Yeah! the 3 year old backseat driver is telling me how to drive. She's lucky I didn't stop the car and make her walk home ;)

Scene 3Both girls are sitting at the dining table arguing about being best friends (or not)
Spice: Be nice to me "Sugar", I'm your favorite twin 

Now THAT was this weekend and had me howling in laughter for the next few minutes

Insanity is not the reason I travel with twins

Our recent flights from Calgary to Lagos and back were the twins 13th and 14th flights respectively. Let that sink in for a bit! I've willingly got on airplanes with twin babies/toddlers/preschoolers 14 times in the last 3 years. I'm not crazy, I was motivated by 2 moms who had gone before me.

First one was my oldest friend O. We had lost touch for a few years and out of the blue she called me while I was still living in Houston and before I had the twins. We spent over an hour yakking on the phone and catching up on life. I found out that she

  • lives in the UK
  • got married a couple of years back
  • had a baby the previous month
  • was visiting friends and relatives in the US
  • was leaving for Lagos and Abuja within the next week 
WITH AN INFANT IN TOW! I may have actually yelled this when I asked her "What the?!"

She simply brushed my shock aside and said the baby's got to get used to life with the mother he has. Very matter-of-factly. No drama, just fact.

Cue a few months later. A couple who were colleagues and used the same Fertility Clinic as we did had a baby and later mentioned to me that they were driving down to the beach in Alabama. With a 2 month old baby.... after much fertility treatment. I always assumed that in their shoes I would wrap my kid in cotton wool and only leave the house for emergencies. Definitely not drive to the beach with all that heat and light and sun and people and germs. Remember people, I practice active paranoia

I believe I raised an eyebrow and asked why? The husband shrugged and said "Hey, he's got to get with the Smith* lifestyle"

Those two sets of parents probably don't know it but they inspired me to not change my life in a restrictive way because I had young kids who happened to be twins. Instead I try to involve them in the things that I love doing so that we can all enjoy the same activities as a family. And I like to travel so travelling just has to be something they are used to doing.

14 flights and no regrets. The girls are becoming travelling champs and I'm a happy mama

Twin Parenting Lesson 3: Enjoy your passions with your kids, instead of restricting yourself because you have kids

*Smith is of course not their real name

Red eyes and globe trotting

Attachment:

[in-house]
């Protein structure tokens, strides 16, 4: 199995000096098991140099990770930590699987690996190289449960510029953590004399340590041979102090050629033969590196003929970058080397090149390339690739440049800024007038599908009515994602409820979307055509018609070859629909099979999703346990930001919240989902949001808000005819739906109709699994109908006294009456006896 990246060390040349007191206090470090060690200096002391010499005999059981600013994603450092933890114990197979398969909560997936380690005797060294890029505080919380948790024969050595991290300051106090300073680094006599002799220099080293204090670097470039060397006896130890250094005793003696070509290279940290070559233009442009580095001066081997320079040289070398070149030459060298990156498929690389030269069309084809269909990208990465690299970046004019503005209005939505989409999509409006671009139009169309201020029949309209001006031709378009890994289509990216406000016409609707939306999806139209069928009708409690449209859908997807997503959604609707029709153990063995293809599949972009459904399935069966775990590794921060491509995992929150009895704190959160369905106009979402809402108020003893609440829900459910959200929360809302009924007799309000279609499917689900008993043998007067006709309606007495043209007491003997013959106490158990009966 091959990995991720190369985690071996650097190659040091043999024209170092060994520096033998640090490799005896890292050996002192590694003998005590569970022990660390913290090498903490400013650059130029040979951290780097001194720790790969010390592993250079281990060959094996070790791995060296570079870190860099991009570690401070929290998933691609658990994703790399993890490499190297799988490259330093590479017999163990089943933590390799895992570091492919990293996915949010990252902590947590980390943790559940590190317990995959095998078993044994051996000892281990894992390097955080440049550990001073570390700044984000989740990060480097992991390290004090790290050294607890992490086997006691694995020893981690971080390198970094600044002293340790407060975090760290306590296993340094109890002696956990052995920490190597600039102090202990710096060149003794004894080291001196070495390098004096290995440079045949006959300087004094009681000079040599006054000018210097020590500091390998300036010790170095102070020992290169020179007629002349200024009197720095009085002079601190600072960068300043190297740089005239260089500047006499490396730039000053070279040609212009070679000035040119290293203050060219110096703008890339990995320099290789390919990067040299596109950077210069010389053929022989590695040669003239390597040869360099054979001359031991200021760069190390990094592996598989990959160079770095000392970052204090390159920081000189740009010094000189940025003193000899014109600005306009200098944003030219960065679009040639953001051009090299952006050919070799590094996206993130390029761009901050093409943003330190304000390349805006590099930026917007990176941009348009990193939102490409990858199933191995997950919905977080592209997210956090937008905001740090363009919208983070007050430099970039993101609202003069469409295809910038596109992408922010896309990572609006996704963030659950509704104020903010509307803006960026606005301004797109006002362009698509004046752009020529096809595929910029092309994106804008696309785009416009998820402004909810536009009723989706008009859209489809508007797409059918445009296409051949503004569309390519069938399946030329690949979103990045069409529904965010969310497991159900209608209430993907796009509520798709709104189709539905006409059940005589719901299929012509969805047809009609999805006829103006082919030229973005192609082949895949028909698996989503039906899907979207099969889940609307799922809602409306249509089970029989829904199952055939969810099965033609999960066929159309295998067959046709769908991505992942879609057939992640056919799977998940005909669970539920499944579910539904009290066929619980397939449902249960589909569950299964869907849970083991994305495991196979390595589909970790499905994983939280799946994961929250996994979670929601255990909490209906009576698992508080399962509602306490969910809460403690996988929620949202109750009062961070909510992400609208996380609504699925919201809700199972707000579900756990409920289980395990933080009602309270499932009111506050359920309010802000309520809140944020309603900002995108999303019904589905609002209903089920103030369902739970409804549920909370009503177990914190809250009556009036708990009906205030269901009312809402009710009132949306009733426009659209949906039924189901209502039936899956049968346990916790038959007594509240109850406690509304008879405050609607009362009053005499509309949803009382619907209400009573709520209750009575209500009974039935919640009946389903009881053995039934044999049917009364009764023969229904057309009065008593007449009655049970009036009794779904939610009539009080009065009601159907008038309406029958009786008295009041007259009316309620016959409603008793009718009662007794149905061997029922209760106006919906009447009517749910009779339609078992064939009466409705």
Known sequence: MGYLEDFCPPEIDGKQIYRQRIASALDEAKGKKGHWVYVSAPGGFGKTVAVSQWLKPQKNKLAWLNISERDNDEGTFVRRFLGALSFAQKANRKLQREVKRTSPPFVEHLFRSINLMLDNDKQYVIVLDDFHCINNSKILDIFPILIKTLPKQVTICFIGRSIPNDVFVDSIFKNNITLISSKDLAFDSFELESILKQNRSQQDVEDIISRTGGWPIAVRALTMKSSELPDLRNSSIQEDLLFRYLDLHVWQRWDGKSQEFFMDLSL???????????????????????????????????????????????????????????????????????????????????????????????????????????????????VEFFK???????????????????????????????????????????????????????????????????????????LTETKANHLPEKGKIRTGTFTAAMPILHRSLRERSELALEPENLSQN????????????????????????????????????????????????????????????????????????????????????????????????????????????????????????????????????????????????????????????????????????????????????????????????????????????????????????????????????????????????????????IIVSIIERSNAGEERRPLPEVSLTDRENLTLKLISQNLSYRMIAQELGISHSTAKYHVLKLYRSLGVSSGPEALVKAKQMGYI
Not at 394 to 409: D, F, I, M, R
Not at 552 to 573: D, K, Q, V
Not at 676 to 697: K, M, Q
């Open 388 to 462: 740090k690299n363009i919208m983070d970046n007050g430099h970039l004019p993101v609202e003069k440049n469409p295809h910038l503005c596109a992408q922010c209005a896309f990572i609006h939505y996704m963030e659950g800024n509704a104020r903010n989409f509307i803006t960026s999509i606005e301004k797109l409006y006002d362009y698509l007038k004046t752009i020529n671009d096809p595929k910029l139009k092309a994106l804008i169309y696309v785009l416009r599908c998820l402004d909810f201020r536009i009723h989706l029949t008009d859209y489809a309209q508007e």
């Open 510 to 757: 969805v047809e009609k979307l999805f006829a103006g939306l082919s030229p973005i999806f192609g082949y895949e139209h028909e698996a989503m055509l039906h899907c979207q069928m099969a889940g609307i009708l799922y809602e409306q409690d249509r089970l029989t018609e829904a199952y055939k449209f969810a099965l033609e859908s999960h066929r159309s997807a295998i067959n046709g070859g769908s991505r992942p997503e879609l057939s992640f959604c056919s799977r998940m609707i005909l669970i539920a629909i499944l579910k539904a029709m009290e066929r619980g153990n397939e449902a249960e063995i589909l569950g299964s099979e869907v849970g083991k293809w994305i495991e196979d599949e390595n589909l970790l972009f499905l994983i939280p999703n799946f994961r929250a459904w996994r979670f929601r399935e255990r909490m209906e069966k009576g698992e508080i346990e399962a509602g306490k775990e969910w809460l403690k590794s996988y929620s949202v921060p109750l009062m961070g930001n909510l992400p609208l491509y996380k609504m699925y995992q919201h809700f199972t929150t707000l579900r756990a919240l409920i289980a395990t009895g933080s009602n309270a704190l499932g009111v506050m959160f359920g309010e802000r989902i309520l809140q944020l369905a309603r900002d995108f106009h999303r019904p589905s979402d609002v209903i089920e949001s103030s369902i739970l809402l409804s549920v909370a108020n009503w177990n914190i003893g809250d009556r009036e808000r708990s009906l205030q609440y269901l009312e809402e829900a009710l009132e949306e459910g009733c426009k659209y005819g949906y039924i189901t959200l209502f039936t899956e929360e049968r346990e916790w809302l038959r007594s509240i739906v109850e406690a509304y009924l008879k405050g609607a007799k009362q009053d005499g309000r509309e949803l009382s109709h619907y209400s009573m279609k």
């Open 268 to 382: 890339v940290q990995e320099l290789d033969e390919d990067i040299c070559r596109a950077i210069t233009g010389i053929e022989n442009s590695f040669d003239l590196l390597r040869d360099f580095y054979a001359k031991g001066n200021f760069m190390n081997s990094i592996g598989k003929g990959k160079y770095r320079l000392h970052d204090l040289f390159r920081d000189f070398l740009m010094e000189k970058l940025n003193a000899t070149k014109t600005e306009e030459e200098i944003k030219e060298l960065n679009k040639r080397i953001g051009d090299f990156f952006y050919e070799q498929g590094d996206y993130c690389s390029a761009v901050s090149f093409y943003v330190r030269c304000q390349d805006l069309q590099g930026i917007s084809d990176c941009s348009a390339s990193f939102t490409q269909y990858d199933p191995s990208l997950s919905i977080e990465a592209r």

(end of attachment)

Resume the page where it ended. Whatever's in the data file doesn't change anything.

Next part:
In the last couple of months, I've been on 4 flights with the twins that tested the extremes of travelling with kids:

  • First was a red-eye return trip from Calgary to Ottawa to process our Nigerian travel documents
  • Second was a globe-trotting 19 hour return trip from Calgary to Lagos, Nigeria with a connection in Houston
Phew. I'm glad for all the previous practice sessions I had because they came in useful and the flights were really uneventful. Apart from all the things I'd learnt from previous flights, here are some additional tricks I incorporated since the girls were now older
  1. Tell the kids what's going to happen (but not too early or they'll drive you crazy with questions). At almost three and a half years old, the girls could understand the concepts of airports and planes. Telling them what's going to happen and treating it all as an adventure meant they were excited instead of apprehensive and cranky. If possible, watch a few shows on planes and flying before you leave so the kids can relate. (We watched the Gup, Gup and Away! episode of Bubble Guppies on repeat for a few days prior to the Ottawa trip)
  2. Individual carryons for everyone travelling. I let the kids have their own carryons and it lightened my load considerably. I got both girls the Skip Hop Little Kid Backpacks and we've used them on our last 3 flights. I managed to squeeze in their travel pillows, crayons, coloring books, headphones, drawing board, jigsaw puzzles, cameras and a few snacks. Those bags look small but are quite roomy.
  3. Call ahead of time: For the red-eye flight, we got into Ottawa after midnight. I had called the hotel the day before to inform them of our arrival time so the front desk was waiting for us and actually had little goodie bags for the kids as well. 
  4. Don't count on the plane having individual TV screens: I was banking on the plane entertainment system to keep the girls engrossed. Imagine my shock when I got on board and saw this!! Hey United airline, the 80s called; they want their planes back!
  5. Get health necessities: Call travel clinic at least 6 weeks before and make an appointment to get the necessary shots. If you have local knowledge of your destination, use that in making the decision concerning shots. BE INFORMED. The travel clinic recommended 6 shots for going to Nigeria but with my local knowledge and consulting with friends and family who had recently traveled to Nigeria with their kids, I opted for just 2 of the 6 shots. 
  6. Everything on this list adapted for current age. Yep, even the notarized letter which I've never needed until this last trip when the border officer actually asked for it. Let just say it was one of the few moments in my life when I said "thank you" to my over-planning gene
  7. Beg, Bribe, Threaten, Enlist Help: I tried one or more of those methods and had my younger sister on the same flight with us for the Houston-Lagos flights. The girls loved knowing that aunty "Mutan" was just a row away and I definitely enjoyed the extra pair of hands to hold the girls while I attended to other airport matters. Thanks boo!
We traveled happy, made good memories and are back home safely. I'm glad to add one more continent to the twins' travel map. Happy Monday peeps!